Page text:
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Outlook on CRS development in the Thai financial market

24 March 2020

Developed by OECD under the Automatic Exchange of Information (AEOI) standard, Common Reporting Standard (CRS) requires financial institutions to enhance data collection and report of a client's tax status, assets and income streams to local authorities. Since 2017, it has taken effect in over 18 APAC jurisdictions, including Australia, China, Hong Kong, Japan and Singapore.

Thailand joined the Global Forum on Transparency and Exchange of Information for Tax Purposes in 2017 as a commitment to align its reporting standard with the globally recognized CRS. It is expected the nation will fully commence CRS by 1 January 2022 to carry out its first AEOI scheduled for 2023.

Thai financial institutions are in the process of understanding the implications of CRS on their IT infrastructure and operating procedures as well as developing best practices to gather, verify and monitor client information for ongoing analysis and reporting purposes. Thailand is navigating through similar challenges and misconceptions like the early adopters but stands to benefit from valuable lessons learned in the past few years.

Key lessons learned

Data protection and exchange limitations - Abiding domestic data protection rules and global reporting standards was one of the areas with the most confusion among the early adopters. In jurisdictions with strict cross-border data protection rules, some firms had trouble adopting CRS early on because there was no domestic law or legal basis for them to exchange clients' information based on the Standard's requirements. In Thailand's case, the AEOI Act and Personal Data Protection Act (due to come into force on 28 May) have been driving this industry dialogue in the right direction.

Data capture and quality - Some firms discovered they lacked critical CRS information late in the implementation stage. We noticed a reliance on existing US FATCA and/or AML approach to achieve CRS among some regional banks, which has been proven inadequate. A typical example was tax ID, as it was not an information data point banks would necessarily have been required to collect historically. It is important for firms to understand the specifics from a compliance perspective and ensure proper client onboarding and due diligence process are in place to capture the data.

Priorities of governments - Misconception on parity between CRS and FATCA still exists. Some firms were in doubt whether the authorities would follow through with local CRS implementation, given several jurisdictions are yet to announce FATCA timelines after signing up several years ago. However, the huge difference is the breadth of CRS's scope and the benefit to the local regulator. While FATCA focuses on customers who qualify as US persons, CRS is multinational by nature, involving more than 110 countries. The number of multilateral CRS agreements is outpacing FATCA and we notice an increasing number of Asian authorities pushing their CRS agendas first.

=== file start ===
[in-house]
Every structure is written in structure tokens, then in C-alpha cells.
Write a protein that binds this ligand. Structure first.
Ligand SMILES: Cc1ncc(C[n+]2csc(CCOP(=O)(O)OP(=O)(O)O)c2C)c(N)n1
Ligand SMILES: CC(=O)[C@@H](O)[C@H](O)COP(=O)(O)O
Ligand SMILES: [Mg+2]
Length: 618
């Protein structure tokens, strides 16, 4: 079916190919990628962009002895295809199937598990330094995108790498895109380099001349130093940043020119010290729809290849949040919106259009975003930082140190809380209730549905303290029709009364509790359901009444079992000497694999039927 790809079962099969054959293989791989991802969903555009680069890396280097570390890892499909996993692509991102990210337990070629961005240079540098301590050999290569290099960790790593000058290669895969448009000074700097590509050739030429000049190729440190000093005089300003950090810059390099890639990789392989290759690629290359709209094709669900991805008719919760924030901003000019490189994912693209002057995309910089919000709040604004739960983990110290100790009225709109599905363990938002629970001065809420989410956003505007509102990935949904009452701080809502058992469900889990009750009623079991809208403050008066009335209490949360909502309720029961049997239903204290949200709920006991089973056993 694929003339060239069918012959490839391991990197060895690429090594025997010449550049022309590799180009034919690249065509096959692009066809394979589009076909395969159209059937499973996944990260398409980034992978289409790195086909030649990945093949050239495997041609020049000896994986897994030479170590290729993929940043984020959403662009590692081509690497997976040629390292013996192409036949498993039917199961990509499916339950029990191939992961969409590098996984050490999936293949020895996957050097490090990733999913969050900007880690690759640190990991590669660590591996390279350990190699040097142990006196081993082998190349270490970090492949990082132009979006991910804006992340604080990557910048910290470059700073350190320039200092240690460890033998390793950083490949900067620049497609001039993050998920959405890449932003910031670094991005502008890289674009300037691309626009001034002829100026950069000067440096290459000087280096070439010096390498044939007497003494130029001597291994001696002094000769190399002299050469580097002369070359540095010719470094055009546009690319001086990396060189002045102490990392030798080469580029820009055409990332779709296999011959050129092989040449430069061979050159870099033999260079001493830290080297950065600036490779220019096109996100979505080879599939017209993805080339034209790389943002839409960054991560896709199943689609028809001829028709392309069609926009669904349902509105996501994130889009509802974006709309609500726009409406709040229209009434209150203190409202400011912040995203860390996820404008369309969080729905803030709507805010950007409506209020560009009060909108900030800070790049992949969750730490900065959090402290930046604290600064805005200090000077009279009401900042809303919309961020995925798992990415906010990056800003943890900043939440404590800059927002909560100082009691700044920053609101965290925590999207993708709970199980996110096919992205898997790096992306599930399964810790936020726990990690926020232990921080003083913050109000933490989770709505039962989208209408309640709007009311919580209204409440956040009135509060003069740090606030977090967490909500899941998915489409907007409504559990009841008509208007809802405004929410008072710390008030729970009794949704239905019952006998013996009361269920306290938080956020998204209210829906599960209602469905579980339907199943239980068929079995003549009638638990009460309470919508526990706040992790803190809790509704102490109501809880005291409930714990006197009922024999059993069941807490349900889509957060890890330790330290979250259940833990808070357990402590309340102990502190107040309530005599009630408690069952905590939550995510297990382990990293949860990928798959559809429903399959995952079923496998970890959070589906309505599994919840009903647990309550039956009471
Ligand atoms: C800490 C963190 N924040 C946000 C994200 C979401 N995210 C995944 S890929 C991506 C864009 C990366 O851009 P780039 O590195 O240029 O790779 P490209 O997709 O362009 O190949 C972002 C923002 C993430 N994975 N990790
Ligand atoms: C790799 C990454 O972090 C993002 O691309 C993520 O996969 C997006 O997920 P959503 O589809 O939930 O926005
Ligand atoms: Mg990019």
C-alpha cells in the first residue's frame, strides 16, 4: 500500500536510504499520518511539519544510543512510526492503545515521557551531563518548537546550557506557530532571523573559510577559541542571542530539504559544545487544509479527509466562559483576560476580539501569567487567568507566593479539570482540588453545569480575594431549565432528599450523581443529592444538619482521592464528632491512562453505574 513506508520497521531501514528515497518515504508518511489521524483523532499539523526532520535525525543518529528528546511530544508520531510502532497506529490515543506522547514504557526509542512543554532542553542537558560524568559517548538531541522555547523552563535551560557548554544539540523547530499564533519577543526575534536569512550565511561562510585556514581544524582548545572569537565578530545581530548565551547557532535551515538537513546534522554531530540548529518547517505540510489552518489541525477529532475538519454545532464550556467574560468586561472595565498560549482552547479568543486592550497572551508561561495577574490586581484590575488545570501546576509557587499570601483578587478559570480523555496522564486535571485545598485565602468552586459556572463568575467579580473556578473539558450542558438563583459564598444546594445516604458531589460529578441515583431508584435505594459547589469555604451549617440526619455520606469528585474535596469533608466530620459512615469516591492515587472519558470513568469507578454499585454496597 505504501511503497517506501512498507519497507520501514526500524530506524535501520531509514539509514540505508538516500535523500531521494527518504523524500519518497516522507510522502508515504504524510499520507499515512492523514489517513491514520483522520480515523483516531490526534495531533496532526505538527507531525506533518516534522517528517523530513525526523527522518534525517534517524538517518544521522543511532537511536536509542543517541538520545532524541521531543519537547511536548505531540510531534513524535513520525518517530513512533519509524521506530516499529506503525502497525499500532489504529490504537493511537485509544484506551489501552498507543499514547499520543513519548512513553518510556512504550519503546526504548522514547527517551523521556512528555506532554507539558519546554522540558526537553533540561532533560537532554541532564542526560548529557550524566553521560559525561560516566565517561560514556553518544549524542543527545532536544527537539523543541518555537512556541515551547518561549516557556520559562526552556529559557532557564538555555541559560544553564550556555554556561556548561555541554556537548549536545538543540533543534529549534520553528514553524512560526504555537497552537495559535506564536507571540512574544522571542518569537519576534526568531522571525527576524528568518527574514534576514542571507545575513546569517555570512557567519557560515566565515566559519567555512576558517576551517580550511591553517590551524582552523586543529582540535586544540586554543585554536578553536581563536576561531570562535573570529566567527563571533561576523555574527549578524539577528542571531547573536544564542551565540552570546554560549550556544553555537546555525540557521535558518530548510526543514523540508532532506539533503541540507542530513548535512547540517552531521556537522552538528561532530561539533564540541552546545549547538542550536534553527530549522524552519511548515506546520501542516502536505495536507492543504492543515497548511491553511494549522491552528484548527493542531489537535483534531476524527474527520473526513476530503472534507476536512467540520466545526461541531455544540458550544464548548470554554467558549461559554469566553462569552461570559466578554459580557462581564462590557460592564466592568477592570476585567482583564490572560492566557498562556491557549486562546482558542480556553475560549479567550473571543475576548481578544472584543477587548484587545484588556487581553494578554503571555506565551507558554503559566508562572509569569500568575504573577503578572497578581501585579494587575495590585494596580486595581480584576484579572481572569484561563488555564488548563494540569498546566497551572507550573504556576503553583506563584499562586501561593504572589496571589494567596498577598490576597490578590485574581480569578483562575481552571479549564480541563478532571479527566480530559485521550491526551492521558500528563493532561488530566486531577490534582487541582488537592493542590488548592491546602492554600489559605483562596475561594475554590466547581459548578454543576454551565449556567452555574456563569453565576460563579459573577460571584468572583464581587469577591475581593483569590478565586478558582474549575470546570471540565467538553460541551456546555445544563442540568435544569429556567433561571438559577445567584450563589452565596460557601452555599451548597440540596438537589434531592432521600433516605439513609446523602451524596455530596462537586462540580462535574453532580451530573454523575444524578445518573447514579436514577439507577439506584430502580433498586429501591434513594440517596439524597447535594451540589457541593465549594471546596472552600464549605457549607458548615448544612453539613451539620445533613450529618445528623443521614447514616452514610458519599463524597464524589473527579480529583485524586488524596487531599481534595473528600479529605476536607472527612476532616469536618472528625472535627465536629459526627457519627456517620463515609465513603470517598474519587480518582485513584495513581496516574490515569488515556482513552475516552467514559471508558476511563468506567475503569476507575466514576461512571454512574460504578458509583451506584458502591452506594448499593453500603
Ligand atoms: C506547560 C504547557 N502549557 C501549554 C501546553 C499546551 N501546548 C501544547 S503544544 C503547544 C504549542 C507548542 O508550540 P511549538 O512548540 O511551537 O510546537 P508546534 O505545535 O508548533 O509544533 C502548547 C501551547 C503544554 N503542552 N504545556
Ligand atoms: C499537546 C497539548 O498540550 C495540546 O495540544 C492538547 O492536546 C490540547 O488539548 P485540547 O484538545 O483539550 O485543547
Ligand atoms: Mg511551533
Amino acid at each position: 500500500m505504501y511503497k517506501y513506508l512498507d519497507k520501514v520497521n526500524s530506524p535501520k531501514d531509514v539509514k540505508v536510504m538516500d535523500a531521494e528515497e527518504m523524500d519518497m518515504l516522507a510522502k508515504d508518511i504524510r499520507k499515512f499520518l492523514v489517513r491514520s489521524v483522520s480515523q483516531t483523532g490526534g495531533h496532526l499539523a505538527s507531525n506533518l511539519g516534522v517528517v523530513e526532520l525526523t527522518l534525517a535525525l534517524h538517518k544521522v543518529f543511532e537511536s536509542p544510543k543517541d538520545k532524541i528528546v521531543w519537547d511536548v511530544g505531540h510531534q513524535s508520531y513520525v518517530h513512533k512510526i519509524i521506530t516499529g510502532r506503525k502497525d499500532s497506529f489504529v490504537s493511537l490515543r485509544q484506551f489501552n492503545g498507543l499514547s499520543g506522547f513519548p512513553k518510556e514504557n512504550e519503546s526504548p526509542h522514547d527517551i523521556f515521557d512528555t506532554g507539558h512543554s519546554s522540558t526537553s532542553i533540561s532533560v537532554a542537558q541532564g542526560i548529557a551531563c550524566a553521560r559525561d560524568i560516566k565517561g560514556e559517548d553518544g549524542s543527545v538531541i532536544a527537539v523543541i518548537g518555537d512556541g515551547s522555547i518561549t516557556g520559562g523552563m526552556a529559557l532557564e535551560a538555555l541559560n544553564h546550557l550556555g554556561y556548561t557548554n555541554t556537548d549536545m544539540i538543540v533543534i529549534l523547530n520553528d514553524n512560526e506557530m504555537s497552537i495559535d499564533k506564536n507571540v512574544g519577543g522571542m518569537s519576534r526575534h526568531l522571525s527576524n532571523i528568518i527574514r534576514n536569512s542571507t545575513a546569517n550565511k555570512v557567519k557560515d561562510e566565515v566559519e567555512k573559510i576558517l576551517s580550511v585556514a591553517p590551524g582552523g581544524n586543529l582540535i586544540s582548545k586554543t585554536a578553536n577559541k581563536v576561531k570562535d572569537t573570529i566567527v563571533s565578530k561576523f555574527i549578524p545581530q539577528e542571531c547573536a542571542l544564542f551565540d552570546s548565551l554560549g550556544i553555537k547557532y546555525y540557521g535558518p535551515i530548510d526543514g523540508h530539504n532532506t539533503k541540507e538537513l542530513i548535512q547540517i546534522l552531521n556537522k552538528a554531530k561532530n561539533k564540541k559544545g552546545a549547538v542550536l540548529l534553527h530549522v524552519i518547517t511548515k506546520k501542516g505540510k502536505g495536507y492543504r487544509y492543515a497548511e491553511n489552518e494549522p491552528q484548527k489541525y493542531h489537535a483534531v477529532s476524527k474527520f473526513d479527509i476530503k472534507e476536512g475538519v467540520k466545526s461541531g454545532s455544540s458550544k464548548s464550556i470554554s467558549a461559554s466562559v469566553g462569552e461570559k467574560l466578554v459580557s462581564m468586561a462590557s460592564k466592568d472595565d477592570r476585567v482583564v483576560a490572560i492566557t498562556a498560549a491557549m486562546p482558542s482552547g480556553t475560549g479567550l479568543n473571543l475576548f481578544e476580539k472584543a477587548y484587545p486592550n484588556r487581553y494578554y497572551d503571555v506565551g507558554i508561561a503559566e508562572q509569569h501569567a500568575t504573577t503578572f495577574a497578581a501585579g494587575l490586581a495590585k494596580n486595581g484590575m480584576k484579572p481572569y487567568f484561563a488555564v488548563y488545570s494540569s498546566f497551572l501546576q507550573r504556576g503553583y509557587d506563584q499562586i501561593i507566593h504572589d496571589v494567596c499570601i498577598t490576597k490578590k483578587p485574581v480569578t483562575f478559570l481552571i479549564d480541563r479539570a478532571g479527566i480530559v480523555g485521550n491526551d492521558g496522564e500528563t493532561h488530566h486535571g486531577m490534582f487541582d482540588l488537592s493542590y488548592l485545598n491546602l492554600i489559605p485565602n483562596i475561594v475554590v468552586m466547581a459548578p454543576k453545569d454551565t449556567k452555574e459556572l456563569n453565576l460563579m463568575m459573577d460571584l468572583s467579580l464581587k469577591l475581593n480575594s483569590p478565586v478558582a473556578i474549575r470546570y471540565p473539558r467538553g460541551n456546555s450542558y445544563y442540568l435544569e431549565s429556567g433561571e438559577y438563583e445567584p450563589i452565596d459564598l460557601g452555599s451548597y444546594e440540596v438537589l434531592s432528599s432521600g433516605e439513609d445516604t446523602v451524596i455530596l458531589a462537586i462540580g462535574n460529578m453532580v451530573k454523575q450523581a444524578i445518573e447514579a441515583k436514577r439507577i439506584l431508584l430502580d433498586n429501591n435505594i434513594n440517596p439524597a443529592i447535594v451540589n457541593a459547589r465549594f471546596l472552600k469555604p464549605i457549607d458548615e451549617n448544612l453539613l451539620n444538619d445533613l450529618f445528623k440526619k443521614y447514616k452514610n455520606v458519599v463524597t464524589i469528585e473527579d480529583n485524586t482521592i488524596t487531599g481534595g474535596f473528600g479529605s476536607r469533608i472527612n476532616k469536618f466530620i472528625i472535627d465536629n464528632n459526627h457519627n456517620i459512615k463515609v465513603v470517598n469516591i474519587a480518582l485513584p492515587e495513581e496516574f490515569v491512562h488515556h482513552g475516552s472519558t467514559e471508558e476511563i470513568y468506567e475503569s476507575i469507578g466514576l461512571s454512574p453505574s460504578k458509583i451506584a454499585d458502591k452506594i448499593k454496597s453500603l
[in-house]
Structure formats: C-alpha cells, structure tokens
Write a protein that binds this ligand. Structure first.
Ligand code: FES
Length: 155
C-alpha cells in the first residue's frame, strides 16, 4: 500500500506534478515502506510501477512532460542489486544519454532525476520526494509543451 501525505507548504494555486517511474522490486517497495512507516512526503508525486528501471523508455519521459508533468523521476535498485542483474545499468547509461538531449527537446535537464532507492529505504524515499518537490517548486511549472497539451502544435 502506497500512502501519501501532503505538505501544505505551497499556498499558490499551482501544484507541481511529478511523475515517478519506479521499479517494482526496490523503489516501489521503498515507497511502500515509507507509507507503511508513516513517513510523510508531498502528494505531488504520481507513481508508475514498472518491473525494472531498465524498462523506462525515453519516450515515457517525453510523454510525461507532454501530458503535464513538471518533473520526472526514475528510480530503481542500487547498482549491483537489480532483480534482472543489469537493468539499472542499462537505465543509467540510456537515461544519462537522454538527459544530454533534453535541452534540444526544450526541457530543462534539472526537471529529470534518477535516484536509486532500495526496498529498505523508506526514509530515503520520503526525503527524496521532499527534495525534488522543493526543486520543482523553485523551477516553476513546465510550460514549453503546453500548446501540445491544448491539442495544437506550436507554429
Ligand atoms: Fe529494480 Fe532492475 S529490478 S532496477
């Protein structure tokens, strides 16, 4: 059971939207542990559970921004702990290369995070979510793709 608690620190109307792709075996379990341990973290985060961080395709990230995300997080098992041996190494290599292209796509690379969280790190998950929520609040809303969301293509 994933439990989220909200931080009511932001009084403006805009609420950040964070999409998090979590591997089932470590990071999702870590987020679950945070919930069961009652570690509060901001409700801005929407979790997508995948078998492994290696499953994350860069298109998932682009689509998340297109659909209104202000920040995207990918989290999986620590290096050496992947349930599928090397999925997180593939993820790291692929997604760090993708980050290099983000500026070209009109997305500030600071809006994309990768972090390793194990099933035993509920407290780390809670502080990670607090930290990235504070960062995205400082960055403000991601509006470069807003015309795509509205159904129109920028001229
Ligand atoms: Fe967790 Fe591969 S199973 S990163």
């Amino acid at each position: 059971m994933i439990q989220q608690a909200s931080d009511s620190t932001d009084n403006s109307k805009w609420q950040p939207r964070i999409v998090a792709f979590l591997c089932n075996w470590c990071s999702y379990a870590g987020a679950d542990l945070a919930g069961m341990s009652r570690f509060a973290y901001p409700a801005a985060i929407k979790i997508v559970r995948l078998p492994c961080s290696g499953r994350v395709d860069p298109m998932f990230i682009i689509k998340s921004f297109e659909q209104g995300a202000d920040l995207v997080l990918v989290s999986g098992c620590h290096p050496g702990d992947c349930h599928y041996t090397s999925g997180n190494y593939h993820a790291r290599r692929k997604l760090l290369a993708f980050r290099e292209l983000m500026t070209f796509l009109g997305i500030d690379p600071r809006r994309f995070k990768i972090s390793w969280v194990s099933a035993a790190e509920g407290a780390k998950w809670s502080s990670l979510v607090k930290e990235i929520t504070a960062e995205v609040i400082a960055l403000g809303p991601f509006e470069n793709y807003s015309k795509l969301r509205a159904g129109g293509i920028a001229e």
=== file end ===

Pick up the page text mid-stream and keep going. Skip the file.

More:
Immediate action steps

There is much to be done by Thai financial institutions in the upcoming 18 months to prepare for the CRS and its far-reaching implications:

  • Understand the similarities and differences between CRS and FATCA. Ensure your organization is equipped with the depth of knowledge to incorporate CRS into the existing workflow and operations process.
  • Engage in conversations that shape the policy agenda. Participate actively in industry working groups consist of compliance, legal and tax executives to stay informed and influence local CRS guidance rather than being reactive to the new rules.
  • Conduct health checks on data and analytics tools. It takes time and investments to enhance systems capabilities to handle the breadth of data and complexity of CRS. Client onboarding and due diligence are priorities for automation. Understanding the gaps and the enhancements required well in advance will set a financial institution up well to commence a strategic compliance project.

Thai financial institutions have great potential in achieving smoother implementation of CRS. Apart from important learnings on how other Asian jurisdictions navigate the nuances, Thailand also has an increasingly digitized and automated financial market that provides a solid basis for firms to leverage automation and financial reporting technologies. What firms need to do now is identifying which solutions they require and deploy them in a timely manner to meet the nation's CRS timeline.

IHS Markit provides industry-leading data, software and technology platforms and managed services to tackle some of the most difficult challenges in financial markets. We help our customers better understand complicated markets, reduce risk, operate more efficiently and comply with financial regulation.

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